Redwoods: Why 1920s?

LC_TheRoaringRedwoods_ep6-2I feel semi-guilty admitting I do not normally read historical fiction. But there are some exceptions. I like fiction that was contemporary when it was written- in historical times. So I like Austen and Bronte, Hemingway and Fitzgerald.

But I do not regularly seek fiction written today about times long ago. And here’s a few reasons why:

I don’t want a history lesson. Some writers get so bogged down in the color of the strings of the corset or how the stove worked that I lose the interest in the story. I want the history to be effortless. If I don’t know what something is, I’ll Google it. If I want a step by step guide in hitching a horse to a wagon…I’ll take a nap and get over it.

It’s not historically accurate. I once read a novel about a risky surgery and somehow, the surgeon had a jar with moldy oranges he used to keep away infection (pre-antibiotics). Give me a break. Even when the mold from oranges was discovered to affect infection, it was not immediately known how to practically use it.

It’s not relevant to today. Some historical fiction tells a story so strongly set in its time, I have no relation to it whatsoever. This is where the author is failing to tell a story universal, failing to make me relate or care. I won’t make it through that book.

There are exceptions. I thought The Invention of Wings was very well done depicting complicated relationships between owners and slaves. I did think the ending was a stretch and rushed. The Guernsey Literary and Potato Peel Pie Society was excellent. I loved that the story was small and yet the horror of WWII was not lost in its small moments or humor. That is a gift.  Peace Like a River is flawless.

I do read a lot of historical nonfiction. I love it. I love journals and letters and biographies and essays and all of it. I buy text books and weird nonfiction books. I have one on child rearing from the 1930s that is startling in its good advice and yet embarrassing in its advice about corporal punishment. I have a book on the national parks from the 1950s with photos of people feeding the wildlife. What the what?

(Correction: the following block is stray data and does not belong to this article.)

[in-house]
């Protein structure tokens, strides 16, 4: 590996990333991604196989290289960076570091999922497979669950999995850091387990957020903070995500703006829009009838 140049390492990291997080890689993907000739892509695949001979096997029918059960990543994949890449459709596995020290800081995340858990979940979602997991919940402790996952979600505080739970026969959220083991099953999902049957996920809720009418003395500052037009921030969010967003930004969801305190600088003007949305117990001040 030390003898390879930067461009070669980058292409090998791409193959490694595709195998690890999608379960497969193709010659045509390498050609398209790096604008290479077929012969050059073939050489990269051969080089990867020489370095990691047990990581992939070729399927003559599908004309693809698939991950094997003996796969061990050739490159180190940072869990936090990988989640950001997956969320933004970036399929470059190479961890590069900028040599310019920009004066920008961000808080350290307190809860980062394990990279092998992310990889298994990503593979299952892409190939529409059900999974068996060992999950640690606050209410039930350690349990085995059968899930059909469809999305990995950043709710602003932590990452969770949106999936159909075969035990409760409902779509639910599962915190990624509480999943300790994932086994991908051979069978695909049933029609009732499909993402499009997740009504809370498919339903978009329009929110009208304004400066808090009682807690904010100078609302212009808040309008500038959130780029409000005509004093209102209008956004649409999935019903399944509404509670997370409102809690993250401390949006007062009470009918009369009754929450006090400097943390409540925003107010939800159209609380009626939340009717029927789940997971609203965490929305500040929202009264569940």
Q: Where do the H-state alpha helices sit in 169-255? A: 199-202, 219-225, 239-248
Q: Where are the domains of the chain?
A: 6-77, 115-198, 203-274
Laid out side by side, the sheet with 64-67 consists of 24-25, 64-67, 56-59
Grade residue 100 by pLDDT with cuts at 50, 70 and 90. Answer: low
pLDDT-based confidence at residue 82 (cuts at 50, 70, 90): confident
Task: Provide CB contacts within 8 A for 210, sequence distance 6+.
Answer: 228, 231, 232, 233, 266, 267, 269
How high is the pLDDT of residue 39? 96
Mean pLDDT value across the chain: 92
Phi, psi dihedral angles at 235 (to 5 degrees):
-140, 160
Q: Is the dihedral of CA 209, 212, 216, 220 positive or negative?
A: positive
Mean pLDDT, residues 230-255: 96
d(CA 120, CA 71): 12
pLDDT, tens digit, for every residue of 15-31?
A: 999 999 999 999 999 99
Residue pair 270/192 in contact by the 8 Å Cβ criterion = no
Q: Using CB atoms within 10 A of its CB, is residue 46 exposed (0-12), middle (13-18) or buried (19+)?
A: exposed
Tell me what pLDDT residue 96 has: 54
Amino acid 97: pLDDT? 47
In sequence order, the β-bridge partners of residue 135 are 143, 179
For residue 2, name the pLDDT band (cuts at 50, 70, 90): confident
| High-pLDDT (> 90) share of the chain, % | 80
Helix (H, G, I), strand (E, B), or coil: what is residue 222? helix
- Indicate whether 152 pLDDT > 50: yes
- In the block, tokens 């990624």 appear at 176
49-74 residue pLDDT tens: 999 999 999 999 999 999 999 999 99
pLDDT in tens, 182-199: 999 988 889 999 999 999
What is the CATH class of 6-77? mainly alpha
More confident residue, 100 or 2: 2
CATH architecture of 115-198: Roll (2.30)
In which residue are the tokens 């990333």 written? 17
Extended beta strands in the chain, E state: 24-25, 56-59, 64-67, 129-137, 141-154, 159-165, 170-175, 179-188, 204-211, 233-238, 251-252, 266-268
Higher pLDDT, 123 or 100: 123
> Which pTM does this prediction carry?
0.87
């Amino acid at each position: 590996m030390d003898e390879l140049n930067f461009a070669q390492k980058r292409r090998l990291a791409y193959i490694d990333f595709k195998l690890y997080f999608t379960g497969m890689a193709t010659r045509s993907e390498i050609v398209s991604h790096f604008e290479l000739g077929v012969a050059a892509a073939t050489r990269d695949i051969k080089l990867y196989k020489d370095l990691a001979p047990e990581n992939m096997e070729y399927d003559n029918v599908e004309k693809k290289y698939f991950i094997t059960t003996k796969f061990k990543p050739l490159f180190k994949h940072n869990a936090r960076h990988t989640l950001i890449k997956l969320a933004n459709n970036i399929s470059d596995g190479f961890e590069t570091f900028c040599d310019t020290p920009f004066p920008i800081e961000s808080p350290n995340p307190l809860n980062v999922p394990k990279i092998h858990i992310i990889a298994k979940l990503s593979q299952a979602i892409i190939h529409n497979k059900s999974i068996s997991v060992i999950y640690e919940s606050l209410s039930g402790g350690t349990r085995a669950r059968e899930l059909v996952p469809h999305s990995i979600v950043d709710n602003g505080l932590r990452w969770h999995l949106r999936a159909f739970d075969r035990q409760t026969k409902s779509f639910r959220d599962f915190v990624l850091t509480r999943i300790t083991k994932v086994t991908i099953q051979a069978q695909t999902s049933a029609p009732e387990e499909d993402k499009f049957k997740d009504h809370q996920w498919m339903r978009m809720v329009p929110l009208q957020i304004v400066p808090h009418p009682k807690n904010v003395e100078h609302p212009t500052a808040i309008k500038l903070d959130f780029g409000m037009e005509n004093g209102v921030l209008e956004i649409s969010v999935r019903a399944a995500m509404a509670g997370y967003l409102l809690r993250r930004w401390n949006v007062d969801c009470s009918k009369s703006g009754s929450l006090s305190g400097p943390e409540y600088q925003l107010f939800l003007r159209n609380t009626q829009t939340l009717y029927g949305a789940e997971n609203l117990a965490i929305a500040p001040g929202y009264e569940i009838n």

So, what’s up with The Roaring Redwoods then? I personally think the period between World War I and World War II is one of the most interesting to study. There was a confluence of events in world politics, race relations, the economy, and technological achievements (aviation, radio, film, cars, etc) and yet how with all that did we (mankind) not figure out not to vote for Hitler and avoid World War II? Even just one issue is compelling. Prohibition for instance. How on earth did that happen? It was a disaster from day one. And lasted for 13 YEARS.

I also really liked Downton Abbey and Boardwalk Empire and thought the Santa Cruz Mountains would make a great TV show. It is so beautiful here and the history is unique given its proximity to San Francisco and the coast with these ancient trees. In the 1920s, the second growth forest was filling in the clear cutting of the 1800s to resemble more of the landscape I see every day. The intersection of lumber and tourism made for some great stories (true and truthy). And the Brookdale Lodge is famous around here. She is our fading grand dame with movie star glory, ghosts, creekside dining and rooms with walls that ache to tell you what they’ve seen. The parties there ARE legendary. And, as a writer, I wanted to try something different. I had friends trying different genres and I thought I’d give it a go.

So all those threads started knitting themselves together into this story about Helen and Joe. Helen, the local who isn’t sure she belongs. Joe the interloper. The interloper that fits in and interferes, all at the same time. A story of one who believes in rules and one who…  well, doesn’t. The story of Mei Xing, born in the US with fewer rights than Shaw, the Scot who has just arrived. Mei Xing with a dream she can’t name but comes true. Shaw with dreams that never work out the way he thinks they well. And as the line goes:

Love, money, honor…and the laws we break to keep all three.